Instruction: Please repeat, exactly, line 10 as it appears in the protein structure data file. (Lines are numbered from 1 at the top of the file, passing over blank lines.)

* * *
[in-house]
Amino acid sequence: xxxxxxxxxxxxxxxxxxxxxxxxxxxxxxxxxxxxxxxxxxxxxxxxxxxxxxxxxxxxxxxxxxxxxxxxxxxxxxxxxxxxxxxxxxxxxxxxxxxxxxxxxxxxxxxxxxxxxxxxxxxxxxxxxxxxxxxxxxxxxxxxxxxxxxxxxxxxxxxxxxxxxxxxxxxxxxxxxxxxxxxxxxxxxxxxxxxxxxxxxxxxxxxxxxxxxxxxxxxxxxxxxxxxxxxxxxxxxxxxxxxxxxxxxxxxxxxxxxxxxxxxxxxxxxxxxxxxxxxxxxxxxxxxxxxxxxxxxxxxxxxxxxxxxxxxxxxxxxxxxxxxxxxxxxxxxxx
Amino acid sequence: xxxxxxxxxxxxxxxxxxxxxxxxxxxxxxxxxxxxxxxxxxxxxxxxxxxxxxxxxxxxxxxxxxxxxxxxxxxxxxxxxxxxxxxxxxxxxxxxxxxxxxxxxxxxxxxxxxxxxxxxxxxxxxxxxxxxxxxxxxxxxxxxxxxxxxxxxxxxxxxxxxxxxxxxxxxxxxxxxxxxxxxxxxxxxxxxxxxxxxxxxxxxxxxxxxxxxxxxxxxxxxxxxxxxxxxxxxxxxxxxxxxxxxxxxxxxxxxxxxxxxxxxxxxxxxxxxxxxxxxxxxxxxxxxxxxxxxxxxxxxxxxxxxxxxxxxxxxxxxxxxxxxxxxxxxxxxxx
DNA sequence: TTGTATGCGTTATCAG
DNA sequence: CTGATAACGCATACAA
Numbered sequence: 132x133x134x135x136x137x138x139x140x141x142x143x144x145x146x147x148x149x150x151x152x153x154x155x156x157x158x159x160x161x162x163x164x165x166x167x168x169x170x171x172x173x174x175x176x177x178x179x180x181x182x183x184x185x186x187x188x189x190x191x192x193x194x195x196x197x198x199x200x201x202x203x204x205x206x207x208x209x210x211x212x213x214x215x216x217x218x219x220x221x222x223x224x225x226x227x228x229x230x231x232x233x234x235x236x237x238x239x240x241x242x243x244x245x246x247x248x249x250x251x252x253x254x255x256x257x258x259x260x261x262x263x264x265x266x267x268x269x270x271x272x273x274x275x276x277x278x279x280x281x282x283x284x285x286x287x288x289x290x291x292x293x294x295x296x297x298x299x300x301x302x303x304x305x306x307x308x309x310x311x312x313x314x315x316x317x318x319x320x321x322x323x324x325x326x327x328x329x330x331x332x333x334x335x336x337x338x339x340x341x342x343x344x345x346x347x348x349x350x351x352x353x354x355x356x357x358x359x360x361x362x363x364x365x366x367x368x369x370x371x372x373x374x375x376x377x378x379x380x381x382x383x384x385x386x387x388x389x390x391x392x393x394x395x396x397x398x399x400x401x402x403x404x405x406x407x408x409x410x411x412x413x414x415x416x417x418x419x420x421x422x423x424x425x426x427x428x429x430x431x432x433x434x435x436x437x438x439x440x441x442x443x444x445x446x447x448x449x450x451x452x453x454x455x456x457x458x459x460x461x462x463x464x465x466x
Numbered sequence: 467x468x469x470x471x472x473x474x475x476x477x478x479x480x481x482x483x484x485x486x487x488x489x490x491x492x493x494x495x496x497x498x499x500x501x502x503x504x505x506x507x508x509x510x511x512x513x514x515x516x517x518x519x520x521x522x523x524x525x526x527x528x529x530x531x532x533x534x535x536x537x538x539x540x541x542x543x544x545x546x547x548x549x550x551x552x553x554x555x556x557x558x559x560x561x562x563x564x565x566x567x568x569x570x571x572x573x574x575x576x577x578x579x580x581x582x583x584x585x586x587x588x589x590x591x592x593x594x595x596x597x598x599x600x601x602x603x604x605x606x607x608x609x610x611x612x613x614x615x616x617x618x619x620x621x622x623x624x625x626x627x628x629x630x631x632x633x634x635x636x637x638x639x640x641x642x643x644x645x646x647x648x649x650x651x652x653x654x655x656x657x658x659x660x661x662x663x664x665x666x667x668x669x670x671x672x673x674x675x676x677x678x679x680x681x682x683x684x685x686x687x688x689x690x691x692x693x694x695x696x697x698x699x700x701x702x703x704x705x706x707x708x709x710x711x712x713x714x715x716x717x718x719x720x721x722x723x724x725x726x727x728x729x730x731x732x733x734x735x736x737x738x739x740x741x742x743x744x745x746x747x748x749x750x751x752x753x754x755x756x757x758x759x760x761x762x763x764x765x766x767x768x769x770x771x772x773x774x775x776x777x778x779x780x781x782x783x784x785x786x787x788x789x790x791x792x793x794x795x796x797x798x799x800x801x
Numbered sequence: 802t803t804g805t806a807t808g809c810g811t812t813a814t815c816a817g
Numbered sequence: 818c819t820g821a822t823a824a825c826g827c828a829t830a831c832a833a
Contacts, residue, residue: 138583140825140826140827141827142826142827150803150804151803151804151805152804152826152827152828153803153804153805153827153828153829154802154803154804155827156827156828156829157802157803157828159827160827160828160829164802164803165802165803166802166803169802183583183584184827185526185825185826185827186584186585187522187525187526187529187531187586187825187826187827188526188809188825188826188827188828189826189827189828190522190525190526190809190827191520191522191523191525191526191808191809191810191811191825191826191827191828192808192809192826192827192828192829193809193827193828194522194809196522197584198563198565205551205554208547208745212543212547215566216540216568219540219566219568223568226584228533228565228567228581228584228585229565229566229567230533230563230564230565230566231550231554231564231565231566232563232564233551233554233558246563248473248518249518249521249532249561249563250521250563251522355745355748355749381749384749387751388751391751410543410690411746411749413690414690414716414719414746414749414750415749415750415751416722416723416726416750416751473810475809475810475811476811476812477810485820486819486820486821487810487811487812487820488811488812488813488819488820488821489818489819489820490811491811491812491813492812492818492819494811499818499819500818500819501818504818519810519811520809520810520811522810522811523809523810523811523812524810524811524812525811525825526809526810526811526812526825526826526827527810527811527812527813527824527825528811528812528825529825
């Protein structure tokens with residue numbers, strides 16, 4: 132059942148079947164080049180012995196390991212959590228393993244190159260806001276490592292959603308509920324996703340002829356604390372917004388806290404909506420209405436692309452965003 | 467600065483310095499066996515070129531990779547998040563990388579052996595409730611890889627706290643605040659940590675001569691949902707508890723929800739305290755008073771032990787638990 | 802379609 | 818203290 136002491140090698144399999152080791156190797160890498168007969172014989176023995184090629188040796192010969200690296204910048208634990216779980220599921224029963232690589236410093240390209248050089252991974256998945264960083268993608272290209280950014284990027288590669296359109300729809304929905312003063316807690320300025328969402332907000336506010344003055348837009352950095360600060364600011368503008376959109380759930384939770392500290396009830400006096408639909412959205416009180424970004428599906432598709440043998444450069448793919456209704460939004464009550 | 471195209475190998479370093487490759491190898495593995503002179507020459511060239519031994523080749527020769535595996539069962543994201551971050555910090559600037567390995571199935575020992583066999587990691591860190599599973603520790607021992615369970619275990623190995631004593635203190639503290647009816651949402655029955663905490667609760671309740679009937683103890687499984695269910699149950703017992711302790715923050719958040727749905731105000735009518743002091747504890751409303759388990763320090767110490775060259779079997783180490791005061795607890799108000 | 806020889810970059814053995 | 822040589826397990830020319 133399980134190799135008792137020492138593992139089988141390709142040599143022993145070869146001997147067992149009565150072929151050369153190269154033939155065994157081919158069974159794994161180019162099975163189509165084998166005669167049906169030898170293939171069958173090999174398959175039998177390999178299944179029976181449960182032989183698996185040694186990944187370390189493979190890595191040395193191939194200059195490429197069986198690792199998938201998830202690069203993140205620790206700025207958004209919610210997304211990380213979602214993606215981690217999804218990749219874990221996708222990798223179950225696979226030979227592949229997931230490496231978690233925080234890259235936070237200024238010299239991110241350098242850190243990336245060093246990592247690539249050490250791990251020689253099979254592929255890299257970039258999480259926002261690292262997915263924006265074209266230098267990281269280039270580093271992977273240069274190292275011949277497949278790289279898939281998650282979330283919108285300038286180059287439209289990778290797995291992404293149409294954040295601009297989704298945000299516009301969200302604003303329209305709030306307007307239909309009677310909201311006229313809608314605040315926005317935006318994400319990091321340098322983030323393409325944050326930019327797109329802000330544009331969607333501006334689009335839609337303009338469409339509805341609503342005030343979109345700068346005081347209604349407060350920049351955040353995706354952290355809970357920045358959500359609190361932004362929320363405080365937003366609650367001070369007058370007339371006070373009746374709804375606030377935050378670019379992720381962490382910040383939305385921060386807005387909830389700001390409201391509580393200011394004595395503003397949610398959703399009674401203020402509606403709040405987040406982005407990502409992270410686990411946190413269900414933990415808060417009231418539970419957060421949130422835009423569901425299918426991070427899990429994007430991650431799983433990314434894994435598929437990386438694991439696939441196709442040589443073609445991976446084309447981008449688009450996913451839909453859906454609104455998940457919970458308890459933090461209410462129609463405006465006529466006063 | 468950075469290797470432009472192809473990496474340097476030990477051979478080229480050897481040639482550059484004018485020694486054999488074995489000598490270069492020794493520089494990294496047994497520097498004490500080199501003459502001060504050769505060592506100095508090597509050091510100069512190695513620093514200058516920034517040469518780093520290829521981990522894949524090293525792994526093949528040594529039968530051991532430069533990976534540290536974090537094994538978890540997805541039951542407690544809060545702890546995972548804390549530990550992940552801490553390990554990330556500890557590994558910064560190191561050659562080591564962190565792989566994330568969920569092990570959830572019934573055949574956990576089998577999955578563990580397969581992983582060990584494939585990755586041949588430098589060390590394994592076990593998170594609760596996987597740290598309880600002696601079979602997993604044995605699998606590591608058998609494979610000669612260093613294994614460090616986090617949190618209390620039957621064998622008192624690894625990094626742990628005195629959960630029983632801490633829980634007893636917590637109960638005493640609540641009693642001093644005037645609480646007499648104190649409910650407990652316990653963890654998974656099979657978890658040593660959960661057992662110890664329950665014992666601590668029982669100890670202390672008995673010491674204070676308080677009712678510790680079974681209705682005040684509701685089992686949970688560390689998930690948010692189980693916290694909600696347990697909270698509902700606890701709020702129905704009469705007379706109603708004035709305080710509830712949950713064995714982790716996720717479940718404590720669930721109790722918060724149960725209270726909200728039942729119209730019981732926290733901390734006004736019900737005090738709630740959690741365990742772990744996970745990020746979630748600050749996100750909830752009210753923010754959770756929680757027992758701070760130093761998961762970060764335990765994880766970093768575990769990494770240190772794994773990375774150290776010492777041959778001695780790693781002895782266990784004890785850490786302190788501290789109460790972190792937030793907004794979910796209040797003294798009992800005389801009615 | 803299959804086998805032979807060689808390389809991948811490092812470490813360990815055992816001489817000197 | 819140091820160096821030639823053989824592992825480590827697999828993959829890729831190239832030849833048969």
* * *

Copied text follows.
Contacts, residue, residue: 138583140825140826140827141827142826142827150803150804151803151804151805152804152826152827152828153803153804153805153827153828153829154802154803154804155827156827156828156829157802157803157828159827160827160828160829164802164803165802165803166802166803169802183583183584184827185526185825185826185827186584186585187522187525187526187529187531187586187825187826187827188526188809188825188826188827188828189826189827189828190522190525190526190809190827191520191522191523191525191526191808191809191810191811191825191826191827191828192808192809192826192827192828192829193809193827193828194522194809196522197584198563198565205551205554208547208745212543212547215566216540216568219540219566219568223568226584228533228565228567228581228584228585229565229566229567230533230563230564230565230566231550231554231564231565231566232563232564233551233554233558246563248473248518249518249521249532249561249563250521250563251522355745355748355749381749384749387751388751391751410543410690411746411749413690414690414716414719414746414749414750415749415750415751416722416723416726416750416751473810475809475810475811476811476812477810485820486819486820486821487810487811487812487820488811488812488813488819488820488821489818489819489820490811491811491812491813492812492818492819494811499818499819500818500819501818504818519810519811520809520810520811522810522811523809523810523811523812524810524811524812525811525825526809526810526811526812526825526826526827527810527811527812527813527824527825528811528812528825529825